Singing Exercises – the Basics
There are a number of basic singing exercises available to help you be a better singer, and even a rudimentary understanding of these fundamentals can dramatically improve your voice! In fact, learning a range of singing exercises is essential in becoming a better performer.
Always remember that even very talented singers need to practice all the time and ensure they look after their voices. By doing this, they tend to harness the talent they have and use it to its maximum advantage.
Firstly, and prior to actually doing any singing, it is a good idea to stretch and relax your whole body. You can do this by stretching up while breathing in and then letting your body bend forward and dangle your arms while you exhale. Doing this little process a few times can also help to relieve that nervous tension or “stage fright” that can often build up prior to performing.
Next, and the most important singing exercise to do is to warm up your breath support. Breath support involves all the muscles in your diaphragm, lower back, chest, and throat and just as athletes do warm-ups prior to working out, singers also need to prepare before a rehearsal or performance.
Vocal warm-ups get your breath support flowing and prepare your muscles to be ready for the more strenuous activity to come. It’s also perhaps the most effective way to prevent vocal fatigue and vocal cord damage. This is actually all part of the basics of music training.
Breathing support can be an easy exercise, but it can take a singer a while to perfect it. Breath is essential to help any singer’s voice last through long sustained notes and through long performances. It also helps you to sing at pitch, especially for higher notes where greater breath is needed.
An added benefit of a good warm-up is to ensure that you will not run out of breath and get blank vocal spots during a performance. Finally, breath support exercises help you get familiar with your mask resonance and vocal enunciation that is important in letting your listeners understand what you are singing. This really helps to engage the audience and enhance your performance so you can better bring across what the composer is trying to express.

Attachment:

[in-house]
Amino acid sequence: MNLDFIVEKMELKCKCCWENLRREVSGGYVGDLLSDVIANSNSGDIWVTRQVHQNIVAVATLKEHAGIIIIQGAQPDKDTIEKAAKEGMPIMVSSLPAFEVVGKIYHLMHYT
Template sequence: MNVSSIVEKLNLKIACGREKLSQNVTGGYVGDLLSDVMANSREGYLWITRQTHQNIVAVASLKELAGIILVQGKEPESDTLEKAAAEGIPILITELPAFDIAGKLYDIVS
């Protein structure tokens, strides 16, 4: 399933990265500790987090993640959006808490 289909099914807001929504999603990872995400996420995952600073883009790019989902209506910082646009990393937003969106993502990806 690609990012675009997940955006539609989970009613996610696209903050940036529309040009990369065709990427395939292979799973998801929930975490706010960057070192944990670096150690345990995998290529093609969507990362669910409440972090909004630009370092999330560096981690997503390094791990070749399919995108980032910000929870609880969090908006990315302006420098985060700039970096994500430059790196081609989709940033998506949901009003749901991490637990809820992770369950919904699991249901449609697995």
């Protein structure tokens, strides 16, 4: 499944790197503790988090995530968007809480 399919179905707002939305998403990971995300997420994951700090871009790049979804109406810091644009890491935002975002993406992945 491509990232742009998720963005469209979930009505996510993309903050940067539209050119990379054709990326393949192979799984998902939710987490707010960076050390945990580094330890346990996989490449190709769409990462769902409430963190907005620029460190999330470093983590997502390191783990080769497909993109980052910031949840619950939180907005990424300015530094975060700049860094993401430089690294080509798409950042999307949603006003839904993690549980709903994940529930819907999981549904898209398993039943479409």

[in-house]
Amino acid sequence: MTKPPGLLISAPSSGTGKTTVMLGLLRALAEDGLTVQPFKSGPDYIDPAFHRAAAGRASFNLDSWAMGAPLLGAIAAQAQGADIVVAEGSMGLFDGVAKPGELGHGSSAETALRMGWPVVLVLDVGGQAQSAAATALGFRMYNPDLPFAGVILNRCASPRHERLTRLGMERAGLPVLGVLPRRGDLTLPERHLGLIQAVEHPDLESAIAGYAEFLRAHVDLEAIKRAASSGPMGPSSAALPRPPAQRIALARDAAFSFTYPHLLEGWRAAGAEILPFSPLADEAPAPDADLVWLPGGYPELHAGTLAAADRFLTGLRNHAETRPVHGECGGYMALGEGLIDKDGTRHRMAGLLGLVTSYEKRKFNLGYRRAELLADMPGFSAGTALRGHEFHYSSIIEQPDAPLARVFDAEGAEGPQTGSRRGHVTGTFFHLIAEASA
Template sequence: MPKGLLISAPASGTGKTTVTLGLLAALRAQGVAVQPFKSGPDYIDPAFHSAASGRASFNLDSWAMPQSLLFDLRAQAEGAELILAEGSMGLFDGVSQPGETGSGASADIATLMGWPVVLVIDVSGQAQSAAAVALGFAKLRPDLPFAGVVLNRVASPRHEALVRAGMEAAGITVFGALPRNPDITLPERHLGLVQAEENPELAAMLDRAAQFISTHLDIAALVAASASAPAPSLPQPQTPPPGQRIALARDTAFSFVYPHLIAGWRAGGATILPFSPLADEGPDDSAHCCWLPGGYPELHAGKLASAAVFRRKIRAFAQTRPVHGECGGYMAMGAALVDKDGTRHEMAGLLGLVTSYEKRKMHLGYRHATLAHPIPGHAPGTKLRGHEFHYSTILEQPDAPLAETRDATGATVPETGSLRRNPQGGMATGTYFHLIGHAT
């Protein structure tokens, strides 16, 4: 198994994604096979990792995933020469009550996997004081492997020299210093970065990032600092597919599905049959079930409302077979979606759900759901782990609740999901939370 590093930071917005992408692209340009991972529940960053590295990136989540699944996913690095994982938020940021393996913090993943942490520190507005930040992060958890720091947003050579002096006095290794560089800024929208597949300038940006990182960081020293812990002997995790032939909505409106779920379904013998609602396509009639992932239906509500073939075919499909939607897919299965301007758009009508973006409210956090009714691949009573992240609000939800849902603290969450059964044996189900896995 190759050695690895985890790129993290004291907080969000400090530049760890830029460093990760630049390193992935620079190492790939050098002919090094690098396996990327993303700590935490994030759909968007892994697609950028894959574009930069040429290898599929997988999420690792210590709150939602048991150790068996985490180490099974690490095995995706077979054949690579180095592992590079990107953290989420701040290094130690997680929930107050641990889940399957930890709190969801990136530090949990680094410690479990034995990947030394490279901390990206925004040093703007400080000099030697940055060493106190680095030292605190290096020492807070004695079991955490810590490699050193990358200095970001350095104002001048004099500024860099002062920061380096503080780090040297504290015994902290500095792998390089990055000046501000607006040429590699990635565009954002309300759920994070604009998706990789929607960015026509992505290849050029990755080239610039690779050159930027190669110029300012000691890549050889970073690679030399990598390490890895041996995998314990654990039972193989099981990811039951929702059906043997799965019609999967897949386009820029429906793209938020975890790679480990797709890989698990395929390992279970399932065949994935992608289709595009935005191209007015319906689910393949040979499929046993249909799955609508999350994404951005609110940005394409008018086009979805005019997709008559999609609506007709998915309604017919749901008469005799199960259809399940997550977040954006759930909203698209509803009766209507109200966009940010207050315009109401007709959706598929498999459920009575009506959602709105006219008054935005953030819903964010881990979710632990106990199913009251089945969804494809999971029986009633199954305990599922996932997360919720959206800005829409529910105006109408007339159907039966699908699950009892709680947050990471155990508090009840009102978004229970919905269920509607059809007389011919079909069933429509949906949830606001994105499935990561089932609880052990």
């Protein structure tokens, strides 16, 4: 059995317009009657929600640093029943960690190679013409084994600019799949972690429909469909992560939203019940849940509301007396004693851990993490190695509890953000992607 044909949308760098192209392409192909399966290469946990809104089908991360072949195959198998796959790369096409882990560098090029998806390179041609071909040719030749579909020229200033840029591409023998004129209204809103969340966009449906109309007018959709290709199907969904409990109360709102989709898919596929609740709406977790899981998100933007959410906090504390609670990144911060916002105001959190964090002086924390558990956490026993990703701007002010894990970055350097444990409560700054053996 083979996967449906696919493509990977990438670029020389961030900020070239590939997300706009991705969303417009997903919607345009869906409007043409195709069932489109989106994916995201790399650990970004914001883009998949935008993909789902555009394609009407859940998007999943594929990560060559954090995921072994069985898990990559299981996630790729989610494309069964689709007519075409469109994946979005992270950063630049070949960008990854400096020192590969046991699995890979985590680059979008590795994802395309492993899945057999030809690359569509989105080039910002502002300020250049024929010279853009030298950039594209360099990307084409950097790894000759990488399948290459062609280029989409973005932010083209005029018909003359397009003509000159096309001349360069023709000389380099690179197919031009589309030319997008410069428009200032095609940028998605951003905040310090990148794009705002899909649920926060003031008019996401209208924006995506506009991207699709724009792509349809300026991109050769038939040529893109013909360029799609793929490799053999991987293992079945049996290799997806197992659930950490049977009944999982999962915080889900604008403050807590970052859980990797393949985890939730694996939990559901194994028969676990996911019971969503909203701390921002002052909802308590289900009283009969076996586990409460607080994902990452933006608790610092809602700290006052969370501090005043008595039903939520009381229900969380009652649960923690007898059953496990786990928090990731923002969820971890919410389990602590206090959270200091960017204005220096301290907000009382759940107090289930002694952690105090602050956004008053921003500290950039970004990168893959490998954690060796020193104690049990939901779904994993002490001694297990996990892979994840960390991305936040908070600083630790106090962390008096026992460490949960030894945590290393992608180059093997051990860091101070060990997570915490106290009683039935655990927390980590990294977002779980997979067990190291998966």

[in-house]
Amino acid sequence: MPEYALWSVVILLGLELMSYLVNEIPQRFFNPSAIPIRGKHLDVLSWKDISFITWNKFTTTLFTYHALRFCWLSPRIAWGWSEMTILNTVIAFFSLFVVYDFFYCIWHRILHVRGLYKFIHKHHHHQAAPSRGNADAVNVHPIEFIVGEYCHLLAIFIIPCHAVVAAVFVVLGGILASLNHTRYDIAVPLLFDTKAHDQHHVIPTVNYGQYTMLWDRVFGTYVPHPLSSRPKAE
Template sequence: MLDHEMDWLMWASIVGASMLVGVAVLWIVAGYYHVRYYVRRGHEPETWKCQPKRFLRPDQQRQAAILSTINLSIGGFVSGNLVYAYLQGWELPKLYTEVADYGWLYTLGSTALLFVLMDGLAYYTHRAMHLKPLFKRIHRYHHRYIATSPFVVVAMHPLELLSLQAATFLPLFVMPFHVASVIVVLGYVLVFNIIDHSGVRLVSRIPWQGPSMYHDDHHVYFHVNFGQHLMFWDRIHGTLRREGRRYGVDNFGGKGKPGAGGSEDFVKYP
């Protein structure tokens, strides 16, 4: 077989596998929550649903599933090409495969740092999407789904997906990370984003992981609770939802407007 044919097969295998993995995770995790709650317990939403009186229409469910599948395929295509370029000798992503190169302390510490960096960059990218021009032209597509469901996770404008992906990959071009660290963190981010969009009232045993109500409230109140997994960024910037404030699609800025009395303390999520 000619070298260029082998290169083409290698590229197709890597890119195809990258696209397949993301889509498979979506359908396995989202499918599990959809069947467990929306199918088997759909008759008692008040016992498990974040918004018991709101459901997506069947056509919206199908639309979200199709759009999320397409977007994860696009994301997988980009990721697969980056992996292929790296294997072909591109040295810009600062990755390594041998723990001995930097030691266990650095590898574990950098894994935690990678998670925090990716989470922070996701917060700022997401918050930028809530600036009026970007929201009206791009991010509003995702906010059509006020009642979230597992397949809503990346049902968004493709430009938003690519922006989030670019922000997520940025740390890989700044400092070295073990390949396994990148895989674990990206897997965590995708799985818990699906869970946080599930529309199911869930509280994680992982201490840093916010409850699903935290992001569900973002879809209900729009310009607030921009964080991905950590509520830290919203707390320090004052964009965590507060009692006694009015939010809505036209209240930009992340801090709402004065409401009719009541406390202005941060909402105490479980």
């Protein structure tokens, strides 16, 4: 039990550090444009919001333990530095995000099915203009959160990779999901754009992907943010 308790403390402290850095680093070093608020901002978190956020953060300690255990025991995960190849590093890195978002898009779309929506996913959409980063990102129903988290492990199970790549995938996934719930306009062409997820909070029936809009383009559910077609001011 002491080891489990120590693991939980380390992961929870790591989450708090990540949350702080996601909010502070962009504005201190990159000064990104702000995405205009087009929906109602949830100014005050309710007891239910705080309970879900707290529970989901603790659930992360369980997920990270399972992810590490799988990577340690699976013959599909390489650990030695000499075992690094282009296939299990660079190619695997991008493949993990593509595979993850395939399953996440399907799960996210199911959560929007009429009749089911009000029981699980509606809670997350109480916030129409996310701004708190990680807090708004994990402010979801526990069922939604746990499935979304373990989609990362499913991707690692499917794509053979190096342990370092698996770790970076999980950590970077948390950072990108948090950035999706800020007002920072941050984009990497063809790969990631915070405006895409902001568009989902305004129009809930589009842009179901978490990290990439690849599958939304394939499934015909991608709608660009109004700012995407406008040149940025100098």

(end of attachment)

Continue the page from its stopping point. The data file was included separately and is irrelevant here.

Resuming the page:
Relaxed muscles, good breath support, and mask resonance are fundamentals that are essential to get you singing through a performance at a satisfactory level.
These are needed to reduce the chance of vocal cord damage, and to prepare your body and mind for singing in a way that maximizes the talent you already have. To learn about singing at it’s best after great training and a good warm-up check out this post about the Washington Opera.
When singers look back to the actions they took to be able to stay at a high-performance level, they often report that these basic singing exercises have helped them. There is a range of specific ways to put these singing exercises into practice that should be slowly absorbed into a routine. This results in a familiarity with your voice that leads to more powerful performances as was clear at the 2014 Festival of New Vocal Music.